But that's okay, because I really enjoyed the gameplay elements of this game and Supergiant Games has proven to be a juggernaut of creating a living world and sticking to its guns while not overstaying its welcome in providing a thought-provoking narrative.

    Sure, it's one of those short games that gets thrown into the discussion of time spent vs. dollars spent, but that overshadows just how slick the game is. The mixing and matching of functions, the wonderful flavor text that's all around, and of course, the music, my goodness, the music. Nothing with the emotional heft of Bastion's soundtrack, but that's a hard bar to clear and the music is still unlike 90% of video games out there in terms of mixing of styles and moods.

  • The fact that this felt like a South Park episode and not a game about South Park can't be understated. That feeling of authenticity was worth the wait and excessive delays, and it really makes me want to catch up on South Park to see some of the jokes from later seasons that are going over my head. Great fan service for anyone who's even had a taste of the Colorado children though.

  • A late entry to the list but one that's made an impact. I recently got a 3DS and this has been dominating my time with it, at least until Fire Emblem: Awakening can sufficiently coax me away from it.

    Great music, great STYYYYYYYLE. Tricky but not punishingly so. And a perfect fit on a mobile console. Just great stuff.

  • Hoo boy. I am definitely glad that I got in while the zeitgeist was zeitgeisty with this game, and I definitely haven't played it since the second week of its release, but what an experience it was. Just the tightest of tight shooter controls, making for a really satisfying experience moving through the world and feeling like everything you do has weight.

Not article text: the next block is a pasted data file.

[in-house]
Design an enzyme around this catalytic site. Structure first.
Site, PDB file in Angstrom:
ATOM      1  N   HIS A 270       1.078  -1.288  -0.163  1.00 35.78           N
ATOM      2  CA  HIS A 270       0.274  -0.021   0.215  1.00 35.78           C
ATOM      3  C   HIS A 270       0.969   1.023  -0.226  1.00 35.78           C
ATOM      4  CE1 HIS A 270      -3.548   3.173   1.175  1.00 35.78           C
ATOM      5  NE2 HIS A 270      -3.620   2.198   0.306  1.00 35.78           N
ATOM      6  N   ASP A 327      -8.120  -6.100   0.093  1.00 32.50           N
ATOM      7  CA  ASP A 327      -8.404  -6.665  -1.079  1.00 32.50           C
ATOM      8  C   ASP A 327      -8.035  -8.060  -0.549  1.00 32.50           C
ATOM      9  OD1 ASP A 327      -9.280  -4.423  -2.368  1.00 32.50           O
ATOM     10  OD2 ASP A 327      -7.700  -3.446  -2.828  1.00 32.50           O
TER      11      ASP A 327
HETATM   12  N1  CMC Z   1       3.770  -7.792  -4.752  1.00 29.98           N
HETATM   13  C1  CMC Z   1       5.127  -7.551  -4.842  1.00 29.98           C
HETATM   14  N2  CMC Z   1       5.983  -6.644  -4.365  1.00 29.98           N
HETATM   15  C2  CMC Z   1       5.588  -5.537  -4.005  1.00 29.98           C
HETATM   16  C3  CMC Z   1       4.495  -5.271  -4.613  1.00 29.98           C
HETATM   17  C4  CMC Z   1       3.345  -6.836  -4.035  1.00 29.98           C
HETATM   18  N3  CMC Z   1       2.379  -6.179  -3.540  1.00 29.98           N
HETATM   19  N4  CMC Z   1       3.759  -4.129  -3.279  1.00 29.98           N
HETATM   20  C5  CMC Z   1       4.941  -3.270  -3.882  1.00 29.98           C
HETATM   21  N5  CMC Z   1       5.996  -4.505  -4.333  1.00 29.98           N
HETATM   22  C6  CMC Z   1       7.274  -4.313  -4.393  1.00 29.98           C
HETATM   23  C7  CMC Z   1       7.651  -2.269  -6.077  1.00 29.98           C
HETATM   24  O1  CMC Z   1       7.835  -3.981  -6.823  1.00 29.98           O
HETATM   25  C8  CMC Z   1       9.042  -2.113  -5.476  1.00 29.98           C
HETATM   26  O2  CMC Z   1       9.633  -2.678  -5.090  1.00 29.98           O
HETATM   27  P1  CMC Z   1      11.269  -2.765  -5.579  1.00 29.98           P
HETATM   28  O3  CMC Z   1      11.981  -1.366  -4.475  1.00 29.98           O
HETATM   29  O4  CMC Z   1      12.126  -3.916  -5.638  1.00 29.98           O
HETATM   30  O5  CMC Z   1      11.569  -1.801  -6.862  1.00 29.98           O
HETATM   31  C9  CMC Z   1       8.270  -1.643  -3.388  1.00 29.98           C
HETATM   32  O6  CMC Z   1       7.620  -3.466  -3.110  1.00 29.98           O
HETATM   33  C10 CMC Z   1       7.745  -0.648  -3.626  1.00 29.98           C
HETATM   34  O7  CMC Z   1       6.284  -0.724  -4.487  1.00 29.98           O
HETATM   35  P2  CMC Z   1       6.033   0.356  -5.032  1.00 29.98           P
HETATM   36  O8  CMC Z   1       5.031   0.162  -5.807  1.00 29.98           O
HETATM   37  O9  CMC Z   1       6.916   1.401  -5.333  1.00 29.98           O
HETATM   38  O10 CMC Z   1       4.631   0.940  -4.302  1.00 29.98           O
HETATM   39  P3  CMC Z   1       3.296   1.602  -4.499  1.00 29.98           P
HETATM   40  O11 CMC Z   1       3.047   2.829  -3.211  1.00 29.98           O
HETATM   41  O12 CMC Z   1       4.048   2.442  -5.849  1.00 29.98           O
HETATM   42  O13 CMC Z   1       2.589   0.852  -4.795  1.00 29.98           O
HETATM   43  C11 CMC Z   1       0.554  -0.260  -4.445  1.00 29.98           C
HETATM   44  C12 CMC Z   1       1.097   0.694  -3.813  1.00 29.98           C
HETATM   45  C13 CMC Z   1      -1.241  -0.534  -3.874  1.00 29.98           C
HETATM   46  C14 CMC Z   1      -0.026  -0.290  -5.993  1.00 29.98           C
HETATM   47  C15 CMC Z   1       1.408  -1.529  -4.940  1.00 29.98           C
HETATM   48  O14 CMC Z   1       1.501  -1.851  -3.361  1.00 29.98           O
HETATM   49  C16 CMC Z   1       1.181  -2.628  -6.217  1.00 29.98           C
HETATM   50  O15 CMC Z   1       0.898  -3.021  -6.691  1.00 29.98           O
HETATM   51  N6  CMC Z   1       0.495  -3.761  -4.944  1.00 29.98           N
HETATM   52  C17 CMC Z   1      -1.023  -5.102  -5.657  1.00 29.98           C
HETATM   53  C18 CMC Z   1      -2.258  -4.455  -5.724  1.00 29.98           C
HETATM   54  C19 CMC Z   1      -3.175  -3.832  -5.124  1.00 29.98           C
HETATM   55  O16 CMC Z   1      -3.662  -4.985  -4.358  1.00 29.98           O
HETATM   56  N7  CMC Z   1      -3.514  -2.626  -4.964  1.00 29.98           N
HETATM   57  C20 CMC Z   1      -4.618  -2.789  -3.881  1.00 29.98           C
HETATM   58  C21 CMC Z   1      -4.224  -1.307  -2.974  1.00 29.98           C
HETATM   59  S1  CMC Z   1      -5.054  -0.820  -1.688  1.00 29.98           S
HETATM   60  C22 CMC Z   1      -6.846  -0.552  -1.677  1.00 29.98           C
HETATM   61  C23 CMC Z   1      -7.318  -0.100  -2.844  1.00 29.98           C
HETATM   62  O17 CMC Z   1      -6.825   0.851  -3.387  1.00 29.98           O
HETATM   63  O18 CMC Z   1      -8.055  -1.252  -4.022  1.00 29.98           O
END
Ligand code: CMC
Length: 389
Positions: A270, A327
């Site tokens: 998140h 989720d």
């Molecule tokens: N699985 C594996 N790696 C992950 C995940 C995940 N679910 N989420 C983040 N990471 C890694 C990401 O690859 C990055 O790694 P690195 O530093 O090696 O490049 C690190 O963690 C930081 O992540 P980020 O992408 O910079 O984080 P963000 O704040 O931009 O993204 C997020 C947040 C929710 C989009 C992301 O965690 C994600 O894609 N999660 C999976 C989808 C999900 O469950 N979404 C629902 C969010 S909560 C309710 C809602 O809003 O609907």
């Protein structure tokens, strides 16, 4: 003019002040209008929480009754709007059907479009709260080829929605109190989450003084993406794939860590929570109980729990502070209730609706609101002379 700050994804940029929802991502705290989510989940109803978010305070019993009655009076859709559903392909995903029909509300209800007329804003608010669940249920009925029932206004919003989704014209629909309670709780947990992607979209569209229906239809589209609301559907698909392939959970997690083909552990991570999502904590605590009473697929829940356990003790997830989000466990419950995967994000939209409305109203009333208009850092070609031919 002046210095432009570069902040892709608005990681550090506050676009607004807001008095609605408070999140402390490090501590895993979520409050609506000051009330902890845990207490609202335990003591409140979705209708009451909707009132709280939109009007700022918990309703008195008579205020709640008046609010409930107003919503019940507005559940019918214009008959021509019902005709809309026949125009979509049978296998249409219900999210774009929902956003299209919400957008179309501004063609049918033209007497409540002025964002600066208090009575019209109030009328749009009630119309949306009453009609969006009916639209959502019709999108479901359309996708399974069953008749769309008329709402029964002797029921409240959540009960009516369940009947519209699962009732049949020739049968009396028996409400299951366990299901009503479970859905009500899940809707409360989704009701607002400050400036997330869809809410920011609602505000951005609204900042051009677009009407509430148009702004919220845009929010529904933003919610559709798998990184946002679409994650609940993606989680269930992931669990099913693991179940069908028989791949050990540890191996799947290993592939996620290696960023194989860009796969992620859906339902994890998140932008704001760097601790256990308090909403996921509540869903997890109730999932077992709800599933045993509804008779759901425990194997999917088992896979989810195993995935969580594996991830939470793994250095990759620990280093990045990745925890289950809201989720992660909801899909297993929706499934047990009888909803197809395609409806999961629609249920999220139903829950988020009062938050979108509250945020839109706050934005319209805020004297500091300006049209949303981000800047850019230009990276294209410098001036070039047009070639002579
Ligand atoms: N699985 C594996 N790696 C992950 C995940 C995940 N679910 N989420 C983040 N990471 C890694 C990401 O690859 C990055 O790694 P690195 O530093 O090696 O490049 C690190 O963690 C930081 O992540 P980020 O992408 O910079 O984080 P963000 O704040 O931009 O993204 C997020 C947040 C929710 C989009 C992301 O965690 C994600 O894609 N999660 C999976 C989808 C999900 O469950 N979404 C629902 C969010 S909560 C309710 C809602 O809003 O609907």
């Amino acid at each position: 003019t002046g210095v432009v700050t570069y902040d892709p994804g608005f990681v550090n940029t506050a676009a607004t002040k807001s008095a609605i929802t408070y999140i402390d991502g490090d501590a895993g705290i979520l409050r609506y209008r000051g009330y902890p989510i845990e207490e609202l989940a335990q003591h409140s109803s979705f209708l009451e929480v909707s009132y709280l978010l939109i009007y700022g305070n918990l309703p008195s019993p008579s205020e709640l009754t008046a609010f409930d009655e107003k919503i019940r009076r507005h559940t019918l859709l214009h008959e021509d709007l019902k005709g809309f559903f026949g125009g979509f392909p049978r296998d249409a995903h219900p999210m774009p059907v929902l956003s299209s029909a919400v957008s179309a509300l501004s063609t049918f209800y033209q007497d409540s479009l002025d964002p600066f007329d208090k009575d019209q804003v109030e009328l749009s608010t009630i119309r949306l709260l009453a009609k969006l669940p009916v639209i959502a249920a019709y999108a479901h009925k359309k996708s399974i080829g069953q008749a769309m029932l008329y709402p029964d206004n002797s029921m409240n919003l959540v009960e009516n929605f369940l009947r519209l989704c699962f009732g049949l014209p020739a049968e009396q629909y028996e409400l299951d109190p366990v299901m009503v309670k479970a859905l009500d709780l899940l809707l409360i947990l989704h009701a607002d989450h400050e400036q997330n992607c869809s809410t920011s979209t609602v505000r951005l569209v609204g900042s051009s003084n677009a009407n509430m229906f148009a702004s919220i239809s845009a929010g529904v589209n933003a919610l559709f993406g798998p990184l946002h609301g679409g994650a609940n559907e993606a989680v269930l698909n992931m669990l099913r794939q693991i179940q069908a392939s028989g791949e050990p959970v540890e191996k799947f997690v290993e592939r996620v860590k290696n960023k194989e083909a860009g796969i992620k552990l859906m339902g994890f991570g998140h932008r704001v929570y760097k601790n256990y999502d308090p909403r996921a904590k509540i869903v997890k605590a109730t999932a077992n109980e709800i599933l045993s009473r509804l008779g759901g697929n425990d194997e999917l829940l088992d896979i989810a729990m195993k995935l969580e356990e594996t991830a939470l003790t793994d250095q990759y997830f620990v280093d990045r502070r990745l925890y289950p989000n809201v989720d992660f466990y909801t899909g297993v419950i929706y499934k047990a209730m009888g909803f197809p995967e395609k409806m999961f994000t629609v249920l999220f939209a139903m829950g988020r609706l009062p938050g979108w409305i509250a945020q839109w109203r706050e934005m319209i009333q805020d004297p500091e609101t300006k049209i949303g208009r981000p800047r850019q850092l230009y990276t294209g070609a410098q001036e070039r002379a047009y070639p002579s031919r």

Yeah, the grind was frustrating and I'm more interested in waiting and seeing where the developers take this game rather than actually playing it right now, but there's something to be said for just the amount of satisfying gameplay there is to be had running around an MMO universe in the initial stages, when there's still mysteries to uncover. The biggest mystery might be when I'll play it again, though.

  • I've always been a big fan of the Smash/Robotron games and this was no different. My biggest complaint is that I wish this had been a bit longer, as I feel that the small amount of worlds in the game makes the upgrade process a little bit longer than it should be in this kind of hectic top-down shooter.

    Still, very enjoyable, easy to pick up and play and just have fun with it.

  • Card games are really not my thing, and I don't think Hearthstone necessarily changed my mind, but it definitely made me want to put some effort into playing a game like this. By keeping some of the obtuseness of some CCGs out of Hearthstone, it's an accessible experience that doesn't sacrifice its fun factor for ease of play. I'm confident that I can jump back in and play Hearthstone tomorrow if I wanted to, and that's more than I can say for just about every other CCG I've played.

  • With this expansion, it was new to me, damnit! I always love Diablo games, to a point, and this has that always-satisfying loot grind. The multiple difficulty levels are such a smart idea for people that are willing to put in the time to see how far up they can climb, and I really think that Adventure Mode is a neat idea that makes it likely that I will return to this world again before too long.